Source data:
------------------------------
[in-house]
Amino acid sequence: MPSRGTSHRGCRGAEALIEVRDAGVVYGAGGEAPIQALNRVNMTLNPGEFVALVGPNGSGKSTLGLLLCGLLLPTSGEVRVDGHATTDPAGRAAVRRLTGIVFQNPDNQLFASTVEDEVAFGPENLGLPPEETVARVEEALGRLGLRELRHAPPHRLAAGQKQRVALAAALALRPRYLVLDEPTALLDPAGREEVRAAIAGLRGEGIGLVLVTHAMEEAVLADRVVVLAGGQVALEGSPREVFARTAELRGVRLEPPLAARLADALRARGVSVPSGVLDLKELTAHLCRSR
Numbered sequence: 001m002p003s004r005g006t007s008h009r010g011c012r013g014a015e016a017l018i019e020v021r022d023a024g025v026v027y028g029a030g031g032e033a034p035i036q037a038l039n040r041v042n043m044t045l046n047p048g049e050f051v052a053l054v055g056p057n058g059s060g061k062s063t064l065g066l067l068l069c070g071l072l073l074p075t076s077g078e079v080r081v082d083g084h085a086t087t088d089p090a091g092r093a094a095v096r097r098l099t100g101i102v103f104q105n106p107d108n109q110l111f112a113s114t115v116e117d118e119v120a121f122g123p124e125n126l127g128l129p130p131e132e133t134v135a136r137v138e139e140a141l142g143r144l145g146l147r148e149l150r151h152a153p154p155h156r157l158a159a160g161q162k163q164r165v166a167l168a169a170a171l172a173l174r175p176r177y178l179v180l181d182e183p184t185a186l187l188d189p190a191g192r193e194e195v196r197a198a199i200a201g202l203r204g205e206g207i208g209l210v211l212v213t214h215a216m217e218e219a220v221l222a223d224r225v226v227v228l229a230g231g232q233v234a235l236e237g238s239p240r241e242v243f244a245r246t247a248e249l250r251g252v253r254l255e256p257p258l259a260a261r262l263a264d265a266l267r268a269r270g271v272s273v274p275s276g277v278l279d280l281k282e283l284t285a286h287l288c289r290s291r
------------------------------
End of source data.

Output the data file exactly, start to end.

[in-house]
Amino acid sequence: MPSRGTSHRGCRGAEALIEVRDAGVVYGAGGEAPIQALNRVNMTLNPGEFVALVGPNGSGKSTLGLLLCGLLLPTSGEVRVDGHATTDPAGRAAVRRLTGIVFQNPDNQLFASTVEDEVAFGPENLGLPPEETVARVEEALGRLGLRELRHAPPHRLAAGQKQRVALAAALALRPRYLVLDEPTALLDPAGREEVRAAIAGLRGEGIGLVLVTHAMEEAVLADRVVVLAGGQVALEGSPREVFARTAELRGVRLEPPLAARLADALRARGVSVPSGVLDLKELTAHLCRSR
Numbered sequence: 001m002p003s004r005g006t007s008h009r010g011c012r013g014a015e016a017l018i019e020v021r022d023a024g025v026v027y028g029a030g031g032e033a034p035i036q037a038l039n040r041v042n043m044t045l046n047p048g049e050f051v052a053l054v055g056p057n058g059s060g061k062s063t064l065g066l067l068l069c070g071l072l073l074p075t076s077g078e079v080r081v082d083g084h085a086t087t088d089p090a091g092r093a094a095v096r097r098l099t100g101i102v103f104q105n106p107d108n109q110l111f112a113s114t115v116e117d118e119v120a121f122g123p124e125n126l127g128l129p130p131e132e133t134v135a136r137v138e139e140a141l142g143r144l145g146l147r148e149l150r151h152a153p154p155h156r157l158a159a160g161q162k163q164r165v166a167l168a169a170a171l172a173l174r175p176r177y178l179v180l181d182e183p184t185a186l187l188d189p190a191g192r193e194e195v196r197a198a199i200a201g202l203r204g205e206g207i208g209l210v211l212v213t214h215a216m217e218e219a220v221l222a223d224r225v226v227v228l229a230g231g232q233v234a235l236e237g238s239p240r241e242v243f244a245r246t247a248e249l250r251g252v253r254l255e256p257p258l259a260a261r262l263a264d265a266l267r268a269r270g271v272s273v274p275s276g277v278l279d280l281k282e283l284t285a286h287l288c289r290s291r